The sense of community, campus life, and an overall coming-of-age experience have always made traditional classroom lessons the preferred method of learning, especially in comparison to Massive Open Online Courses (MOOCs) and their notoriously high drop-out rates.

Blended learning lies in the middle of the spectrum, and although schools have introduced varying degrees of e-learning in the past, the pandemic has caused widespread adoption of this approach across the globe. This has brought about an array of benefits—most significantly, being able to overcome the restrictions caused by COVID-19.

Flexibility to Learn at Your Own Pace

Overall, there is evidence that learning outcomes from a blended approach can be equivalent, if not better, than an in-person format. It is also probable that criticisms against remote learning tend to focus on younger children—and this may not hold for university-age or adult learners who have the drive, discipline, and focus to strive for their academic goals.

Instead, replacing the structured accountability of being in a classroom with flexibility, when in good hands, can be put to good use.

For example, at the ESSEC Asia-Pacific campus, students are divided into two groups to match the time zones across the globe. Lectures are conducted on campus, streamed online, and recorded for those unable to make the timings.

For many, like second-year Global Bachelor of Business Administration (GBBA) student Ajrin Choudhury, this means accessibility. The 21-year-old can continue her studies despite being home in Bangladesh and limited by COVID-19 travel restrictions and work during her most productive hours.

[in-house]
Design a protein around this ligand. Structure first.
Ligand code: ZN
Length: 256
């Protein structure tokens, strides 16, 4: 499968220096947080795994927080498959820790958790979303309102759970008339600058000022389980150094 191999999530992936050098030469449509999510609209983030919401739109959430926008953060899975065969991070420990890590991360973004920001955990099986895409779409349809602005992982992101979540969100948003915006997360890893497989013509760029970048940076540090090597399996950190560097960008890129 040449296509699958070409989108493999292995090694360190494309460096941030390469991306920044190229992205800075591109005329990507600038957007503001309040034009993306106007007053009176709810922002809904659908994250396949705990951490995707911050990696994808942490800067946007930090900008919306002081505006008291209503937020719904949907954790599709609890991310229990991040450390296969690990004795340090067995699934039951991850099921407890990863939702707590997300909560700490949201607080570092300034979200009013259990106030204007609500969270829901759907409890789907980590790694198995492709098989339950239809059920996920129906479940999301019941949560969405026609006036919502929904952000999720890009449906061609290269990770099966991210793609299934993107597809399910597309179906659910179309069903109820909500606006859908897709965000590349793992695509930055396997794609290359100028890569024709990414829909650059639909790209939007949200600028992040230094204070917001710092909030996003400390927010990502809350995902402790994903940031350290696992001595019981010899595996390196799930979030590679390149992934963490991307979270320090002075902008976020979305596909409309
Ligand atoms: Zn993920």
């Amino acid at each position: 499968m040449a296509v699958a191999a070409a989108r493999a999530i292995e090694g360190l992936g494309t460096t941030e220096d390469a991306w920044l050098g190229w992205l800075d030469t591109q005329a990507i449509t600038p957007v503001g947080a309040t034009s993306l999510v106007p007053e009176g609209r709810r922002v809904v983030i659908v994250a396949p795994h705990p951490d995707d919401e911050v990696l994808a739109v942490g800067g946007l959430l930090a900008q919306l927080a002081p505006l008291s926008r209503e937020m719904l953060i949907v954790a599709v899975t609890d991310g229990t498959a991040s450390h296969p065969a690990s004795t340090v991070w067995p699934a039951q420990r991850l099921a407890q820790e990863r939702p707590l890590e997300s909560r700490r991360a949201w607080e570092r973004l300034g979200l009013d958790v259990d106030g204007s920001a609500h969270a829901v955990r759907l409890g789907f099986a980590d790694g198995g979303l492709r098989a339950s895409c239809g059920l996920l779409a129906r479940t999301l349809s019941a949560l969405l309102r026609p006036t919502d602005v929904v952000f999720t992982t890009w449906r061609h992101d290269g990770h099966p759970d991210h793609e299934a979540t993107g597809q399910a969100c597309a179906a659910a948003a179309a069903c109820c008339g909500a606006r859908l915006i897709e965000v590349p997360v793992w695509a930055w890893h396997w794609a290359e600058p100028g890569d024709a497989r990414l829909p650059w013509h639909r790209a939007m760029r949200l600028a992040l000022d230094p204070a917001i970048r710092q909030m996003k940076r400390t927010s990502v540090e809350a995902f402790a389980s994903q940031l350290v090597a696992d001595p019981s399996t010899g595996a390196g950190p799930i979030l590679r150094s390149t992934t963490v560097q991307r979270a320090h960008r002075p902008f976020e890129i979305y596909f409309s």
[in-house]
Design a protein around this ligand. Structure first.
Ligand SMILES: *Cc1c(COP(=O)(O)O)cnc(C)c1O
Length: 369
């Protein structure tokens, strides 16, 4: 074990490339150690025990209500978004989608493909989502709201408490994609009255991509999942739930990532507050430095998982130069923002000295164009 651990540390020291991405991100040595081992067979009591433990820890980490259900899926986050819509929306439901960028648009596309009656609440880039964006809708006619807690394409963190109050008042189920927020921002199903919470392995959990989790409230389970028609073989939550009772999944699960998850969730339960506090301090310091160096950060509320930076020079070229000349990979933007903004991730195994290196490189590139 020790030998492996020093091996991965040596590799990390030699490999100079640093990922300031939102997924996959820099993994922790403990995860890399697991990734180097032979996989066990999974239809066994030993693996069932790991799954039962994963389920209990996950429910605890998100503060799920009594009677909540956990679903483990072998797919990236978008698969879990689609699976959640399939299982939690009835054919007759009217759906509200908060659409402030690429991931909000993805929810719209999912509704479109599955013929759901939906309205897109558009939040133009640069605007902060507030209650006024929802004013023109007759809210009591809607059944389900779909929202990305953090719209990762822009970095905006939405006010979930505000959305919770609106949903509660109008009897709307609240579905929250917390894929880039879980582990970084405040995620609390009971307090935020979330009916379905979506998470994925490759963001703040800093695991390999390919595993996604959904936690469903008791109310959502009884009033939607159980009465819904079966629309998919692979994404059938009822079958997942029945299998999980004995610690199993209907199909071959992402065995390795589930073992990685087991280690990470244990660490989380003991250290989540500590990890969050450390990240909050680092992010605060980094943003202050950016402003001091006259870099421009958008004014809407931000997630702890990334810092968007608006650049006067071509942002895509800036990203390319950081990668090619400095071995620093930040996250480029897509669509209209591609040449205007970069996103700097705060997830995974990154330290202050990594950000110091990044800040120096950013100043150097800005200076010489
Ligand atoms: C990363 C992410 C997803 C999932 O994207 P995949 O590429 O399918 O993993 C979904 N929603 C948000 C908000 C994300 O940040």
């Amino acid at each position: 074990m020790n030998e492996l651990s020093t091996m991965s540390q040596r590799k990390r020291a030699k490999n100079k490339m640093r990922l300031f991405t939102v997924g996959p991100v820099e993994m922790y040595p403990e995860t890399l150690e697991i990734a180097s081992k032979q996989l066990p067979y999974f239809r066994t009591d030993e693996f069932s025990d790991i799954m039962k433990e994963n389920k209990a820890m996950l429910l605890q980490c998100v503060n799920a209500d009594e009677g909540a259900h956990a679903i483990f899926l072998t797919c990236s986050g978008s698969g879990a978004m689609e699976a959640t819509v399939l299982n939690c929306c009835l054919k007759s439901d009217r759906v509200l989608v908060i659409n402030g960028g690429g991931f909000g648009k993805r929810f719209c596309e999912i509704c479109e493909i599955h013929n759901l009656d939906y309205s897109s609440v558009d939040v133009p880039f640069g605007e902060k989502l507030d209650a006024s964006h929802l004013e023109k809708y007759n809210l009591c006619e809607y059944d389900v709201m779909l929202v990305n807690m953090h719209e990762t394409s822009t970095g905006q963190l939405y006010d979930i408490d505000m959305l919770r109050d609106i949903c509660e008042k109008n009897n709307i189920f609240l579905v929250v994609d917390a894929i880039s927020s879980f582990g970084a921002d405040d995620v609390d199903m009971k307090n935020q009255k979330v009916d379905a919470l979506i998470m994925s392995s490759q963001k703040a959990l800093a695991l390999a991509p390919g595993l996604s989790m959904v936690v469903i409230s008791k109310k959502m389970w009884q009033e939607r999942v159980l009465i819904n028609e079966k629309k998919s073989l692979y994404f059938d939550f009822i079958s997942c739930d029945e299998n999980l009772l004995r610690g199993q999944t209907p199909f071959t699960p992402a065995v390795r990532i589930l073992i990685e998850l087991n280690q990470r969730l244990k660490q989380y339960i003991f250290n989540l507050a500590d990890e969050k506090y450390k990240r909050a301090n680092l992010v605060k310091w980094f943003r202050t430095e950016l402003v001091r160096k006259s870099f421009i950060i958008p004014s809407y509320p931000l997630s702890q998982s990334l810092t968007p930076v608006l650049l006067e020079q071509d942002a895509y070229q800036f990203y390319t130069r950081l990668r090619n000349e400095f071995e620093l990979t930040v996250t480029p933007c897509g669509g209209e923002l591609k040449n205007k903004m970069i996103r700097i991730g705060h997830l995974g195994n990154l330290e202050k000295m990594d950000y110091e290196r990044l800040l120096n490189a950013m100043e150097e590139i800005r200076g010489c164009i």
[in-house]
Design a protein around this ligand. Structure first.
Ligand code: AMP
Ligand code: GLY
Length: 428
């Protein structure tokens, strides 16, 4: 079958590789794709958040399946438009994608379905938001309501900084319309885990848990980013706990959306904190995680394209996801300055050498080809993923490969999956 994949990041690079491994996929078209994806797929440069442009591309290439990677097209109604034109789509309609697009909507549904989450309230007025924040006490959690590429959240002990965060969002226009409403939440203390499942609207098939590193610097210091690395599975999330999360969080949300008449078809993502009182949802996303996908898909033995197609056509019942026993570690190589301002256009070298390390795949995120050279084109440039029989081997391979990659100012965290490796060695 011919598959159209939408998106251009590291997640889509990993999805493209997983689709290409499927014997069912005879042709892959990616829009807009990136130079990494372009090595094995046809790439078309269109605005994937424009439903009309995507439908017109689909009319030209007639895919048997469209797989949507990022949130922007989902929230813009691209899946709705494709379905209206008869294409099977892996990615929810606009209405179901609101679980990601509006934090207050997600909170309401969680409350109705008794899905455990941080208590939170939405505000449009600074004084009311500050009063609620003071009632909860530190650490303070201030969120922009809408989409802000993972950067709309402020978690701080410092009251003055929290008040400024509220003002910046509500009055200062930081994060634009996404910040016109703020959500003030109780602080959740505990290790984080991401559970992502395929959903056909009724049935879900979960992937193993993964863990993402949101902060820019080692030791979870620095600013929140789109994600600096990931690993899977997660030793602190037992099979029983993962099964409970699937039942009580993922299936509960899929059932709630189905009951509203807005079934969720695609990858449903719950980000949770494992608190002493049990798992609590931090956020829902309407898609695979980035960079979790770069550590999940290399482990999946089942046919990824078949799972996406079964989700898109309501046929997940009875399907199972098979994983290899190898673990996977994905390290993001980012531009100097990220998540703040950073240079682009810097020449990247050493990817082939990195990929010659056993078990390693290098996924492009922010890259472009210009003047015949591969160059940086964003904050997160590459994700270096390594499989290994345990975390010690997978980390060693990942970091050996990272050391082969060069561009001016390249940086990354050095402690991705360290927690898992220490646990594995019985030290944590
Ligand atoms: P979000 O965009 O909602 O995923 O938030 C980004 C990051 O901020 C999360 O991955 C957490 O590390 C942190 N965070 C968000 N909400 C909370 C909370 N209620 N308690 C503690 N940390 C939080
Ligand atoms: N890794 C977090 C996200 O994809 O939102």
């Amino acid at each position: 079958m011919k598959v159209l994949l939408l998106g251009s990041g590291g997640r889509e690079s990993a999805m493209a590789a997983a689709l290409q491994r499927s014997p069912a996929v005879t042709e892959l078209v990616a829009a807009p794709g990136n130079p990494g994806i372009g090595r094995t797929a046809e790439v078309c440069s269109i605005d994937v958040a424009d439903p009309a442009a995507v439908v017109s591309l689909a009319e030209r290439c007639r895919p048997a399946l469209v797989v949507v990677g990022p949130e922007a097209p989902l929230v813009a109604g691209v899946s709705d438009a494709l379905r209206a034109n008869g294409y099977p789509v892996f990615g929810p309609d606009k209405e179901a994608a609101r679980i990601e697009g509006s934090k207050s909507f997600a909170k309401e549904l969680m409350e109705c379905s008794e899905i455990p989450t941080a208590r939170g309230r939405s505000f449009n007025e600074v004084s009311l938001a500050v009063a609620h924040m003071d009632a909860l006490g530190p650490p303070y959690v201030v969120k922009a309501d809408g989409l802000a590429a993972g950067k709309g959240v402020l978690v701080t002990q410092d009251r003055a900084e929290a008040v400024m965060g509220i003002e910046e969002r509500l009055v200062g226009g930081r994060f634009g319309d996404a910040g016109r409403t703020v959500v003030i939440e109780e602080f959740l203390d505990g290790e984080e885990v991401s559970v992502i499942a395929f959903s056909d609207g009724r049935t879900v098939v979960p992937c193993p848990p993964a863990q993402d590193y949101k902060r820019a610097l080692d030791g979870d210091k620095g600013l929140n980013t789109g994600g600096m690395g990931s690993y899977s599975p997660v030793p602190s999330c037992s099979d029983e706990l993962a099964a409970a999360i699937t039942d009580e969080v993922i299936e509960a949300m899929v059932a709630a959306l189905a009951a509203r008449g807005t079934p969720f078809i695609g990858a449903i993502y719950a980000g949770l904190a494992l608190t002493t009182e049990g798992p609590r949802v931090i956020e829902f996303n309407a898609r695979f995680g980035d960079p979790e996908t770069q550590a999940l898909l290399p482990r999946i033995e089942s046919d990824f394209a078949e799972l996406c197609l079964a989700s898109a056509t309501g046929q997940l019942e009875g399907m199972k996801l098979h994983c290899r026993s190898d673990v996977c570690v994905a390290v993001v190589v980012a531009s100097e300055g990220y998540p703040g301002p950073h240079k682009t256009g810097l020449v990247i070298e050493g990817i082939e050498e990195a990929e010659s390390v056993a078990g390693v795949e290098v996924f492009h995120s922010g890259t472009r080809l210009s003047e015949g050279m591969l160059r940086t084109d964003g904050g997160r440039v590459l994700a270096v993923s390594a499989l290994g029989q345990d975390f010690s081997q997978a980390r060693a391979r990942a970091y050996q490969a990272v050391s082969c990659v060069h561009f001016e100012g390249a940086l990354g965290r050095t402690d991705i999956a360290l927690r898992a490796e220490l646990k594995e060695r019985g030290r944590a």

Third-year GBBA student, 20-year-old Chen Siyi, who is doing her exchange with the ESSEC France campus from her hometown in Guangdong, China, has also used this flexibility to gain work experience—she interns at global financial services giant Morgan Stanley during the day and attends classes at night.

Increased Retention of Information

Studies comparing online, blended, and in-person learning have also found that while the online section suffered from increased attrition, there was no difference between blended and in-person participants.

Quality of learning can improve because “in a face-to-face lecture, there are times you miss out on things the professor says. So a major benefit of online learning is the ability to refer back to the lectures when we have doubts,” Simran Hathiramani, from Kolkata, India shares.

The 21-year-old GBBA student has found that, if anything, her learning experience has been enhanced since classes were moved to the virtual realm.

Blended learning also frees lecturers for problem-solving and mentorship during class time.

For example, to foster class discussion, some lecturers in the ESSEC Asia-Pacific campus record their classes and share them with the students ahead of the lecture. This allows for more time for class discussion during the lecture.

Builds Relevant Digital and Soft Skills for the New Normal

A large number of companies, including but not limited to tech giants like Twitter and Square, have announced long-run plans to work from home, and internships with Google and EY have already been moved to the virtual medium.

This looks to continue next year as the president of Global Workplace Analytics, Kate Lister, estimates that 25 and 30 percent of the workforce will work from home multiple days a week by the end of 2021.

Yet, challenges abound, including but not limited to team communication becoming fragmented and struggling to remain visible to your boss. So the sooner you learn to manage teams and communicate effectively online, the better. And what better way to develop these soft skills than through blended learning at school?